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Posted 17 July 2006. PMN Crop News.


Time to Check For Corn Rootworm Injury


Kansas State University. www.ag.ksu.edu


 

Garden City, Kansas (July 6, 2006) – “This practice is especially useful in comparing rootworm treatment options such as Bt rootworm corn with soil insecticides,” said Sloderbeck, who is the entomology state leader for K-State Research and Extension.

“Assessing damage is really a fairly simple process,” said Sloderbeck, who offered these tips:

• Dig 10 to 20 roots at random from the management systems you want to compare (ideally a treated area versus an untreated area, but one can also compare one treatment option with another, soil insecticide vs. rootworm resistant corn, for example).

• Take the roots to an area where they can be thoroughly washed to remove all soil and then rate the roots using one of the two damaging rating scales commonly employed for rating rootworm damage. The scales are based on the number of nodes of roots having heavy rootworm injury. One is based on a 3-point scale and the other is based on a 6-point scale. Both focus on the appearance of the three functional nodes (or whorls) of roots on a normal corn plant.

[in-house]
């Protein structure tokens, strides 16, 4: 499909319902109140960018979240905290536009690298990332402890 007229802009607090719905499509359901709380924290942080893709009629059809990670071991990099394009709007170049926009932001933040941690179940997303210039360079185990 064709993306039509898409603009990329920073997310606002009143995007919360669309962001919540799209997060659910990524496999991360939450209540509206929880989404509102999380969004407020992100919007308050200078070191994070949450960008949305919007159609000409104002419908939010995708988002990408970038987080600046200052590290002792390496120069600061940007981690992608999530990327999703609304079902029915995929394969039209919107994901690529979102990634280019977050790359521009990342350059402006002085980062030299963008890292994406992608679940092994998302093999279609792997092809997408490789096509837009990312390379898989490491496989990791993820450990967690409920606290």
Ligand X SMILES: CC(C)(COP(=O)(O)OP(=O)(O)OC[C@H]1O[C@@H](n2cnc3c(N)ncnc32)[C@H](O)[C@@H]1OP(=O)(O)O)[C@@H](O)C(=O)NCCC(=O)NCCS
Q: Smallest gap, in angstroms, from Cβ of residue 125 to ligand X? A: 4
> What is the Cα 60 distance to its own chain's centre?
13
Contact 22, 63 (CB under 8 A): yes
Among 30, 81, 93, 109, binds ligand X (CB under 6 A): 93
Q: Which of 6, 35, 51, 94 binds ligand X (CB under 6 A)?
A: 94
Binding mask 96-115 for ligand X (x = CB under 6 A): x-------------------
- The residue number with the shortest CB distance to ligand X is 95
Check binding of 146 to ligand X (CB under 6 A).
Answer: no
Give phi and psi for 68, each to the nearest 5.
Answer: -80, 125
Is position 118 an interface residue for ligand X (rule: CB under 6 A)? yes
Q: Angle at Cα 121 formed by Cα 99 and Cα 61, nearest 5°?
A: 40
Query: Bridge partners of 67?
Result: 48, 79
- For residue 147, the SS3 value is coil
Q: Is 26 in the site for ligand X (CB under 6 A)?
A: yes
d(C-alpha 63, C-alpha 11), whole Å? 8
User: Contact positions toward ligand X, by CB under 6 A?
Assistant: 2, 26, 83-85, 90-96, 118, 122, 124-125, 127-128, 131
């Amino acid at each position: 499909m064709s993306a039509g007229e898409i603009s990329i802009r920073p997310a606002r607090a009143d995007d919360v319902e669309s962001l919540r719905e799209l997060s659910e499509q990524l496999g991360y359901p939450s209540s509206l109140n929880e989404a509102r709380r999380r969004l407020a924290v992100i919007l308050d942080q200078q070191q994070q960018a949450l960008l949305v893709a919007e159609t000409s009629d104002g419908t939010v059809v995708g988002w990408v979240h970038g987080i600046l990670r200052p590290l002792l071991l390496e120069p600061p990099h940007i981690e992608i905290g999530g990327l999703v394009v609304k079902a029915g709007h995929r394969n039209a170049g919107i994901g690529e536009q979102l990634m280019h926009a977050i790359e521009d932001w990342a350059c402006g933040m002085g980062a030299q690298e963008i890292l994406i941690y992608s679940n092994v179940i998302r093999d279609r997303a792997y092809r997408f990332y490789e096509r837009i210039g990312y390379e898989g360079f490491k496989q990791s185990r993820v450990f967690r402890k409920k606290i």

• On the 3-point system, no damage is rated a zero, and one node (circle of roots), or the equivalent of an entire node, eaten back to within approximately 2 inches of the stalk is rated a 1, two nodes destroyed gets a rating of 2 and three nodes lost is assigned a 3.

• On the 6-point scale, no damage is rated a 1, minor root feeding is rated a 2, one root destroyed is rated a 3, one node of roots damaged is rated a 4, two nodes is rated a 5 and three nodes is a 6. (See Interactive Node-Injury Scale for more information.)

“While one could debate which scale is better, either one is useful to determine if there appear to be differences in the amount of damage observed among treatments,” Sloderbeck said. “Minor differences are probably not too meaningful, but no damage versus an entire node or two of roots missing will probably be meaningful.”

Making notes on root damage, combined with yield estimates could be helpful in fine-tuning future management strategies, he said.

K-State Research and Extension is a short name for the Kansas State University Agricultural Experiment Station and Cooperative Extension Service, a program designed to generate and distribute useful knowledge for the well-being of Kansans. Supported by county, state, federal and private funds, the program has county Extension offices, experiment fields, area Extension offices and regional research centers statewide. Its headquarters is on the K-State campus, Manhattan.


Contacts:

Mary Lou Peter-Blecha
K-State Research& Extension News
mlpeter@oznet.ksu.edu


Phil Sloderbeck
620-275-9164
psloderb@ksu.edu